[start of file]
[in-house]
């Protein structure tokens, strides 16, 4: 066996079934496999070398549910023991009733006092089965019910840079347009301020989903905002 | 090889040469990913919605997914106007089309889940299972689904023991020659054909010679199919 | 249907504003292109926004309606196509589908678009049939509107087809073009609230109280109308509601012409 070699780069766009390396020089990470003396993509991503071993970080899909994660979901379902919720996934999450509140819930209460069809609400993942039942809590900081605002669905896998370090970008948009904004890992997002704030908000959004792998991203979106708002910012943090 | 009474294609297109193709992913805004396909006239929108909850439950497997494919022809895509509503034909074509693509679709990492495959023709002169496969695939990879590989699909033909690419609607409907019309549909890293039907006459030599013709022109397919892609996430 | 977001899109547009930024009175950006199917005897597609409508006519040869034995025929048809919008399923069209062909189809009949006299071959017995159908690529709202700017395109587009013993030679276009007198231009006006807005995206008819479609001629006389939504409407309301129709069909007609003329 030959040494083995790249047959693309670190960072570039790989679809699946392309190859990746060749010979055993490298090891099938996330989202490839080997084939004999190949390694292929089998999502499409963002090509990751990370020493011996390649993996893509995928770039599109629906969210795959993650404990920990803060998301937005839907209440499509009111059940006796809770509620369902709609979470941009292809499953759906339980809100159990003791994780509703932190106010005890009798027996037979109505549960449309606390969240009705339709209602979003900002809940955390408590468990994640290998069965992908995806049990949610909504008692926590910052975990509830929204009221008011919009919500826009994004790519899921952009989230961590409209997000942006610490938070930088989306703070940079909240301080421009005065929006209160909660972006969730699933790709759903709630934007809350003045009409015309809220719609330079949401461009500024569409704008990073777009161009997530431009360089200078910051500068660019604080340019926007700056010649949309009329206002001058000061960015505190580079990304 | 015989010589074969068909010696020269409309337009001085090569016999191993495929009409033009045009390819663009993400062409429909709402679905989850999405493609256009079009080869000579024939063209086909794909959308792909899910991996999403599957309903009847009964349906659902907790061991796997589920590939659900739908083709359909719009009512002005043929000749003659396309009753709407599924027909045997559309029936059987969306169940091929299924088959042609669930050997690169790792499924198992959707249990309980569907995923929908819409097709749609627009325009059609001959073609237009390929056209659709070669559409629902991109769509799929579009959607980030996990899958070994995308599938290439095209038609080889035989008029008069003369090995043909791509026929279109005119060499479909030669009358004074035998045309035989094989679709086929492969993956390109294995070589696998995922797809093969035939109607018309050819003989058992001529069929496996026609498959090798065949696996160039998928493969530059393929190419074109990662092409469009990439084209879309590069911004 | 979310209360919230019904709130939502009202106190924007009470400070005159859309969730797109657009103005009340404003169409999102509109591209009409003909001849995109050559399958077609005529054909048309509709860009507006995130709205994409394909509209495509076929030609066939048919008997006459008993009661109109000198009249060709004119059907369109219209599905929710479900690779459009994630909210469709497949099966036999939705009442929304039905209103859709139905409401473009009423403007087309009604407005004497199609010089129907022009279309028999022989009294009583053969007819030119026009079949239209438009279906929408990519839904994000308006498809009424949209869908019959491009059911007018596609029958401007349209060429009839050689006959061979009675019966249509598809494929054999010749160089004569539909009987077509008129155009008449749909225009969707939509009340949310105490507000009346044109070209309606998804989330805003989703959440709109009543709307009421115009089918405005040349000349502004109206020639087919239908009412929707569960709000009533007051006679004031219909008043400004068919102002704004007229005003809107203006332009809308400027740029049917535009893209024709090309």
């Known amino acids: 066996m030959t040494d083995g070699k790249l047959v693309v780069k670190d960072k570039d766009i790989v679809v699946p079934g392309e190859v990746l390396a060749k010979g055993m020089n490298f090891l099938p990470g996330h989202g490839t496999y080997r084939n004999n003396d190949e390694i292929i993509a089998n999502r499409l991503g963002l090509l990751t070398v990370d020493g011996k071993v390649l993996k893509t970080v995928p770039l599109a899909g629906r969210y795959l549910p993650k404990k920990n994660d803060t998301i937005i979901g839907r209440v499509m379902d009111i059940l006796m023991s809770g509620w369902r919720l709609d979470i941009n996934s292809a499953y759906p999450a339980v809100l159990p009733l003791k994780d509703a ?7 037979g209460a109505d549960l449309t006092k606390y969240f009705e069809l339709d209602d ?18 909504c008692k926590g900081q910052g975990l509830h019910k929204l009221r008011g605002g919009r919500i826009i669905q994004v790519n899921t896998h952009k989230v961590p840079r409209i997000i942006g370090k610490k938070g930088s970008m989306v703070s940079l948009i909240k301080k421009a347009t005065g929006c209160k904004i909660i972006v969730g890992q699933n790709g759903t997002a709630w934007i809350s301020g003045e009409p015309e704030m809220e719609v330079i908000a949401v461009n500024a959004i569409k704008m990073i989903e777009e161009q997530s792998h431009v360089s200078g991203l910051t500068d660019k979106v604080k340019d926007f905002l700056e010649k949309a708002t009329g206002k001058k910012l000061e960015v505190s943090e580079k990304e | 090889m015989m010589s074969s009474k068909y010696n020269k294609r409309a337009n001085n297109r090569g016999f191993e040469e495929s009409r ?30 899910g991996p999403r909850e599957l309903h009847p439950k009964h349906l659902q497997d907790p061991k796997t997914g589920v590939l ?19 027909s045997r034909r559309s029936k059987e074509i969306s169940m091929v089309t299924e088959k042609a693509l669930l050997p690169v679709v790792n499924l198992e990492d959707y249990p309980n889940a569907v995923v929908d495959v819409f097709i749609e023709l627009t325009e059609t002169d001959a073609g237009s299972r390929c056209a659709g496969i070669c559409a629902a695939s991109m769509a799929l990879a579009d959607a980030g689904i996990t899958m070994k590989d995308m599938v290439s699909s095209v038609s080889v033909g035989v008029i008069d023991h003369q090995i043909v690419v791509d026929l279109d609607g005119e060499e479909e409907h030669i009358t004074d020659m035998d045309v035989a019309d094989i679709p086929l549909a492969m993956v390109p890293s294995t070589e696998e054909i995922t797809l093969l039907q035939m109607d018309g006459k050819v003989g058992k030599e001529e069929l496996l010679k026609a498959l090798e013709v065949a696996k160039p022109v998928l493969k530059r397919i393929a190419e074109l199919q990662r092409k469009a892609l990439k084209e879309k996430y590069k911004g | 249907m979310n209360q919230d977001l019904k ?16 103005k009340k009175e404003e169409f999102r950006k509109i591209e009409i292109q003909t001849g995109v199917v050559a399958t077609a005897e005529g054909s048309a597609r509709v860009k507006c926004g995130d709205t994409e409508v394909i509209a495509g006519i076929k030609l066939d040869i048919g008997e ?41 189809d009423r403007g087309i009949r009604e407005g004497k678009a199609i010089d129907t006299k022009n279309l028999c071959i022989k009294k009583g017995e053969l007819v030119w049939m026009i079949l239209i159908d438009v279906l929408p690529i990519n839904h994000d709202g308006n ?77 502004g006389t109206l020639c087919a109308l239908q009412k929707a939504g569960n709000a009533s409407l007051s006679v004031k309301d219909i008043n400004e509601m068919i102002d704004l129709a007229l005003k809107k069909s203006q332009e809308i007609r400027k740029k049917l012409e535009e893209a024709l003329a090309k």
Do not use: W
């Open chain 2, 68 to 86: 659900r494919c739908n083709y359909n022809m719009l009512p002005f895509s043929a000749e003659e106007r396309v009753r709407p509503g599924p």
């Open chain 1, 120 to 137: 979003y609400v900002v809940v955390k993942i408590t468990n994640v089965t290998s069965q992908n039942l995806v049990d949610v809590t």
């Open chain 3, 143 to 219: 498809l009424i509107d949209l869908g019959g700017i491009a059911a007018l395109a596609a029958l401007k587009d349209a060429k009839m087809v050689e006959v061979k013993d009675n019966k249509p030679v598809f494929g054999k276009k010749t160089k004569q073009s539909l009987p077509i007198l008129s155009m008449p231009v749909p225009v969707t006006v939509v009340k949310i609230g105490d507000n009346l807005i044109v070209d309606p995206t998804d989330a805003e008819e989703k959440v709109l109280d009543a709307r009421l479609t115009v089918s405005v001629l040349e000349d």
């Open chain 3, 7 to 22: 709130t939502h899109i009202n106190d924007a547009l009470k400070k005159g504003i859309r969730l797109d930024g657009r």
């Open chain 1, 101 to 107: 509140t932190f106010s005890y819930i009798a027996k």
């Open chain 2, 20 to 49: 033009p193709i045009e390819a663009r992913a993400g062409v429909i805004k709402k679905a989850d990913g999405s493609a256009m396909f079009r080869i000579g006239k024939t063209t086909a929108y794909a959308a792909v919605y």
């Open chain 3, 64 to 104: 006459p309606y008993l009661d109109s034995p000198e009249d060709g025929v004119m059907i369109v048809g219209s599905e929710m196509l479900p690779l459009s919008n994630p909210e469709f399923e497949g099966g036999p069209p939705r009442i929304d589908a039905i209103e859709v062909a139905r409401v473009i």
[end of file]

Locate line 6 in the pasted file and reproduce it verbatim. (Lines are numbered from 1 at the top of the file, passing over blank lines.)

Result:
């Open chain 1, 120 to 137: 979003y609400v900002v809940v955390k993942i408590t468990n994640v089965t290998s069965q992908n039942l995806v049990d949610v809590t």